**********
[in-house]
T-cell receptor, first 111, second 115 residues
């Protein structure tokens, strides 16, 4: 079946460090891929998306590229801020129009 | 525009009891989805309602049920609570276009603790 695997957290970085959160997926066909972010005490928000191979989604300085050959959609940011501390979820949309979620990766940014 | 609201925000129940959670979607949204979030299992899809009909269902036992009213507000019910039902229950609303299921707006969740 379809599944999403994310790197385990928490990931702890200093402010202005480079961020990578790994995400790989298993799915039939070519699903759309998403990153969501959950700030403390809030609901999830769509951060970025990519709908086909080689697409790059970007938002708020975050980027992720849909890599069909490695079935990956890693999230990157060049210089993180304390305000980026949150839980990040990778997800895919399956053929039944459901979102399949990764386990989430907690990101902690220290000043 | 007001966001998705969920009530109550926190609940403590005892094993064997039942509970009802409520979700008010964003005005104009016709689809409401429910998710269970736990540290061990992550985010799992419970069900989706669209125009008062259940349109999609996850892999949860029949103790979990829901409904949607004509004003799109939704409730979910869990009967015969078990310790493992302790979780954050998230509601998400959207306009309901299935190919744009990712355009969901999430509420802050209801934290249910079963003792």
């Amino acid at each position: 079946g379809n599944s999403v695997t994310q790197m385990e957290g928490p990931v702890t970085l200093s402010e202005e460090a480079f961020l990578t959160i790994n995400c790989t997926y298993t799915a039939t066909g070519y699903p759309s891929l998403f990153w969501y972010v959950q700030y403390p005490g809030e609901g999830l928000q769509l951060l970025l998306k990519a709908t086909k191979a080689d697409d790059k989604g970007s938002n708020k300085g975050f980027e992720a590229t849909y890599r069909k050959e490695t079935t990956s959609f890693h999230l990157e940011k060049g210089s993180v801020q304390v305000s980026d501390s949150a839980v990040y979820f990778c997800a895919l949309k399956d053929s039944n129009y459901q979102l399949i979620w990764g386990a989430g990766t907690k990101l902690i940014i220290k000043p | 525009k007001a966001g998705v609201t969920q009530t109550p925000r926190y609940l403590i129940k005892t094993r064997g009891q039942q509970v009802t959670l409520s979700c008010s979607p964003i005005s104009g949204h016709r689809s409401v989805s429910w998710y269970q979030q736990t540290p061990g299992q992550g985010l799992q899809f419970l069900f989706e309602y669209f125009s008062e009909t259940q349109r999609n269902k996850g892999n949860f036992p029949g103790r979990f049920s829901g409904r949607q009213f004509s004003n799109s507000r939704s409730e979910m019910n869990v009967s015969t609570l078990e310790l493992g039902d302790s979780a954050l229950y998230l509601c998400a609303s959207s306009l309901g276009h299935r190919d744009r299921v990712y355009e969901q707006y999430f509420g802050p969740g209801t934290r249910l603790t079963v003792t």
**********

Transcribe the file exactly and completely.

[in-house]
T-cell receptor, first 111, second 115 residues
């Protein structure tokens, strides 16, 4: 079946460090891929998306590229801020129009 | 525009009891989805309602049920609570276009603790 695997957290970085959160997926066909972010005490928000191979989604300085050959959609940011501390979820949309979620990766940014 | 609201925000129940959670979607949204979030299992899809009909269902036992009213507000019910039902229950609303299921707006969740 379809599944999403994310790197385990928490990931702890200093402010202005480079961020990578790994995400790989298993799915039939070519699903759309998403990153969501959950700030403390809030609901999830769509951060970025990519709908086909080689697409790059970007938002708020975050980027992720849909890599069909490695079935990956890693999230990157060049210089993180304390305000980026949150839980990040990778997800895919399956053929039944459901979102399949990764386990989430907690990101902690220290000043 | 007001966001998705969920009530109550926190609940403590005892094993064997039942509970009802409520979700008010964003005005104009016709689809409401429910998710269970736990540290061990992550985010799992419970069900989706669209125009008062259940349109999609996850892999949860029949103790979990829901409904949607004509004003799109939704409730979910869990009967015969078990310790493992302790979780954050998230509601998400959207306009309901299935190919744009990712355009969901999430509420802050209801934290249910079963003792």
């Amino acid at each position: 079946g379809n599944s999403v695997t994310q790197m385990e957290g928490p990931v702890t970085l200093s402010e202005e460090a480079f961020l990578t959160i790994n995400c790989t997926y298993t799915a039939t066909g070519y699903p759309s891929l998403f990153w969501y972010v959950q700030y403390p005490g809030e609901g999830l928000q769509l951060l970025l998306k990519a709908t086909k191979a080689d697409d790059k989604g970007s938002n708020k300085g975050f980027e992720a590229t849909y890599r069909k050959e490695t079935t990956s959609f890693h999230l990157e940011k060049g210089s993180v801020q304390v305000s980026d501390s949150a839980v990040y979820f990778c997800a895919l949309k399956d053929s039944n129009y459901q979102l399949i979620w990764g386990a989430g990766t907690k990101l902690i940014i220290k000043p | 525009k007001a966001g998705v609201t969920q009530t109550p925000r926190y609940l403590i129940k005892t094993r064997g009891q039942q509970v009802t959670l409520s979700c008010s979607p964003i005005s104009g949204h016709r689809s409401v989805s429910w998710y269970q979030q736990t540290p061990g299992q992550g985010l799992q899809f419970l069900f989706e309602y669209f125009s008062e009909t259940q349109r999609n269902k996850g892999n949860f036992p029949g103790r979990f049920s829901g409904r949607q009213f004509s004003n799109s507000r939704s409730e979910m019910n869990v009967s015969t609570l078990e310790l493992g039902d302790s979780a954050l229950y998230l509601c998400a609303s959207s306009l309901g276009h299935r190919d744009r299921v990712y355009e969901q707006y999430f509420g802050p969740g209801t934290r249910l603790t079963v003792t």